Doctoral Student Researching Role of Influencers in Building Brand Relationships
March 2, 2020 | By: Hailey Walker
Ashley Hass received funding for her research addressing the impact of micro-influencers on consumer brands.
Ashley Hass, a graduate student working on her doctoral degree in marketing at the Jerry S. Rawls College of Business, received funding from the Marketing Science Institute (MSI) to conduct research related to the roles of micro-influencers as trusted brand advocates.
"It's just such a great honor," said Hass. "Getting a grant like this is validation to the work that I'm doing, and it's a really big win."
MSI, a research-based organization, funds academic research and promotes its practical application with the aim of advancing marketing knowledge. In order to receive support from MSI, Hass submitted a proposal that included preliminary findings, a literature review, methodology for the new study, a timetable of project activities to be performed and expected project deliverables. Of the many competitive proposals submitted, Hass' was selected, which will allow her to move forward with designing and conducting research studies, then analyzing the data.
"MSI is a prestigious, research-based organization with a network of marketing academics and marketers from leading companies," said Hass' advisor and mentor, Minnie Piper Stevens Professor of Marketing at Rawls College, Debbie Laverie. "It is a real honor for Ashley to receive this funding and demonstrates her research is on the leading edge of marketing thought and practice."
Hass' research focuses on the role of micro-influencers, individuals who are average consumers with less than 100,000 followers on social media and promote products for companies, as a more trusted means of marketing as well as the types of relationships they build with consumers, brands and firms. Through her research, Hass hopes to gather insight into how micro-influencers impact consumer's relationships with brands.
"Influencer marketing has been exploding on social media, especially at this micro-level, and companies are spending money on smaller influencers instead of just purchasing one celebrity or larger influencer post," said Hass. "It's really important for practitioners and scholars to understand how this is impacting consumption habits."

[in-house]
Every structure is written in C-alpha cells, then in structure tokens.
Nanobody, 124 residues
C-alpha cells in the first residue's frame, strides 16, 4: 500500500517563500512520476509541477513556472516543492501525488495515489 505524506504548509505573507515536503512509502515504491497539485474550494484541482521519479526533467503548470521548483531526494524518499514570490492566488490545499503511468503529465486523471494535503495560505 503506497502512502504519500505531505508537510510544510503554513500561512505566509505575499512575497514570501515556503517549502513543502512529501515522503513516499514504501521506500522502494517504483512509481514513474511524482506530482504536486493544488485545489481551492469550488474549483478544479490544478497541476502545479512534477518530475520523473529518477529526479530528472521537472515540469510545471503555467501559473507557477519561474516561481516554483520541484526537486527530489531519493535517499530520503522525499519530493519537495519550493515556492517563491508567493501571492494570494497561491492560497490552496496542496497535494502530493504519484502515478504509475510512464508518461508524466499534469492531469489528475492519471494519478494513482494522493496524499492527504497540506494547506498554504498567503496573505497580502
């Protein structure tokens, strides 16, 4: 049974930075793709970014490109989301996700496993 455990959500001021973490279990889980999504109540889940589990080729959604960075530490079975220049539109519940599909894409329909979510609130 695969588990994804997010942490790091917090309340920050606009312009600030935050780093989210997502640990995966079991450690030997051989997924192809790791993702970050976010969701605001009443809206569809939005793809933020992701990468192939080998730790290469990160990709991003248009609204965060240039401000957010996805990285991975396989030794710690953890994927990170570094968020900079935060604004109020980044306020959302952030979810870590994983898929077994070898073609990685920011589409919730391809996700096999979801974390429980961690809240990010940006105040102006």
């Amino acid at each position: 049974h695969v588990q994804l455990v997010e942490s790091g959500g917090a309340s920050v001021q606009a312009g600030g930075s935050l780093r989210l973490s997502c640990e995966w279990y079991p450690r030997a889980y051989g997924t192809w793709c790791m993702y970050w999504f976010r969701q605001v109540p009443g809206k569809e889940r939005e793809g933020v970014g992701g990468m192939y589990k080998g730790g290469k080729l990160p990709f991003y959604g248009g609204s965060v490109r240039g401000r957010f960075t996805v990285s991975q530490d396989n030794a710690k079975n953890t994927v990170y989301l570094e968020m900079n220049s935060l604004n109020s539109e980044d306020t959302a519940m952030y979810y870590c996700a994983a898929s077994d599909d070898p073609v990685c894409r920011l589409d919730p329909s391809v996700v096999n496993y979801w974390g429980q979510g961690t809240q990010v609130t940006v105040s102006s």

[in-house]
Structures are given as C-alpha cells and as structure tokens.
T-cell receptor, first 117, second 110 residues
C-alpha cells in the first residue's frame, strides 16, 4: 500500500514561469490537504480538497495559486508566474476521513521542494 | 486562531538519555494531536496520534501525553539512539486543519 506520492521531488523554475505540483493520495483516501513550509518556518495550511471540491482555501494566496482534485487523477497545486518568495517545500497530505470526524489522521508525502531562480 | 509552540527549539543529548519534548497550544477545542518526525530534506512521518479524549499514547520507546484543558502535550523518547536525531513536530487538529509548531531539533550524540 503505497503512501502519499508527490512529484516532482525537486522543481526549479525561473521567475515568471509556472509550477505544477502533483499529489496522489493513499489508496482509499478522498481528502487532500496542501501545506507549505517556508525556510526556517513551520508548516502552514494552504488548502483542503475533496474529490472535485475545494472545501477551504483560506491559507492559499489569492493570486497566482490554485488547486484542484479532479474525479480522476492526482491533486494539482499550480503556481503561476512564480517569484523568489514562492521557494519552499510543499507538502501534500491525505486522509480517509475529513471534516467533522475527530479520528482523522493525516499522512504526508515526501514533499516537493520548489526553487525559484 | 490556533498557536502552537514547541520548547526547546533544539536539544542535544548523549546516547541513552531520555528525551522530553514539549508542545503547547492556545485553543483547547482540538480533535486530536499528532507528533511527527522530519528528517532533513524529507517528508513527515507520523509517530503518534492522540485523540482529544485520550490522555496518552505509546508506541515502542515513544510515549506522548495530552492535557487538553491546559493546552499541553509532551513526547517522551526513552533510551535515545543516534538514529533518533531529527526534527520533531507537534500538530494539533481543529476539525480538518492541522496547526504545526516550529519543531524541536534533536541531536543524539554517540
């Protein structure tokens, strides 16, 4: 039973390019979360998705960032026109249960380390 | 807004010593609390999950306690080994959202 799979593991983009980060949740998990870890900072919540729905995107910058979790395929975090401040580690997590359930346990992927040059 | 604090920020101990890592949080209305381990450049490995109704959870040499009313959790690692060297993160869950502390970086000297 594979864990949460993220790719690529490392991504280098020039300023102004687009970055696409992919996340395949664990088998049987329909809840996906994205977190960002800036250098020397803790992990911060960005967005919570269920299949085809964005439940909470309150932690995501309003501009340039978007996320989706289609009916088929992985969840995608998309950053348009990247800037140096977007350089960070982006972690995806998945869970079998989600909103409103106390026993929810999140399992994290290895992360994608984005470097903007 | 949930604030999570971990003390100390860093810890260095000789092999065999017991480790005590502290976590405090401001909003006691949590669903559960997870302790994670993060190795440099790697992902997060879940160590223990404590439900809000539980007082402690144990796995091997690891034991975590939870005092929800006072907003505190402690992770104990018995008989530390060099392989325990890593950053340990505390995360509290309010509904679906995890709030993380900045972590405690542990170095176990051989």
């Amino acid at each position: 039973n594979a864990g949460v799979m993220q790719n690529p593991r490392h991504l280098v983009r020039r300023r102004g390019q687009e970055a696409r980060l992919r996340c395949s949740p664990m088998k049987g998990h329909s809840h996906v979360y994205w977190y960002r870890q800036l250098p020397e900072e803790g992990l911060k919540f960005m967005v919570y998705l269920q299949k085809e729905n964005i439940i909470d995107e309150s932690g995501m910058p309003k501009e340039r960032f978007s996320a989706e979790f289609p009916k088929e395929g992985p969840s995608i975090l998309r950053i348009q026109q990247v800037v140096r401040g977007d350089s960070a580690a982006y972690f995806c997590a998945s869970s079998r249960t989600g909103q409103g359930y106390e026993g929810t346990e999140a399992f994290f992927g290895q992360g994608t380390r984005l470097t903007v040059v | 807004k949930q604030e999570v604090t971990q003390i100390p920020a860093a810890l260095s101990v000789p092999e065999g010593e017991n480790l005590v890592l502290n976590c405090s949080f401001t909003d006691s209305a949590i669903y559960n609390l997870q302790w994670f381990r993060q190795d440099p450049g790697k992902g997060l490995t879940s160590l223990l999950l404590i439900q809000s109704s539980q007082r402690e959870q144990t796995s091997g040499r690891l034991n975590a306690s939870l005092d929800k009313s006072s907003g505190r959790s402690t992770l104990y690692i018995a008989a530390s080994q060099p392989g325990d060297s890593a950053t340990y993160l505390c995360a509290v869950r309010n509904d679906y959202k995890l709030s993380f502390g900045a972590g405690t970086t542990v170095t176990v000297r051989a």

Once her research studies are completed and the data is analyzed, Hass will submit a manuscript to target journals, complete a competitive paper presentation at a selected conference and present a white paper report to MSI.
"MSI's funding award is a testament to Ashley's achievements as an early-career researcher and is important in recognizing the continuous need to support graduate education across all disciplines," said Director of Grants and Outreach at Rawls College, Archie Pitsilides.
Hass believes the support and encouragement she receives from Rawls College faculty and her advisors, greatly impacts her research.
"Honestly, when I was looking for programs, I stopped looking after I found Texas Tech because of the faculty and the interactions that I had on my visit," said Hass. "The faculty have been so supportive and their doors are always open if you ever need anything."
Upon earning her doctorate, Hass plans to work in academia, where she can combine her passion for teaching with her love of research.
"I really enjoy doing research, and I am excited to start teaching soon," said Hass. "So many people have helped me here at Texas Tech, and I look forward to being that person to help someone like me someday too."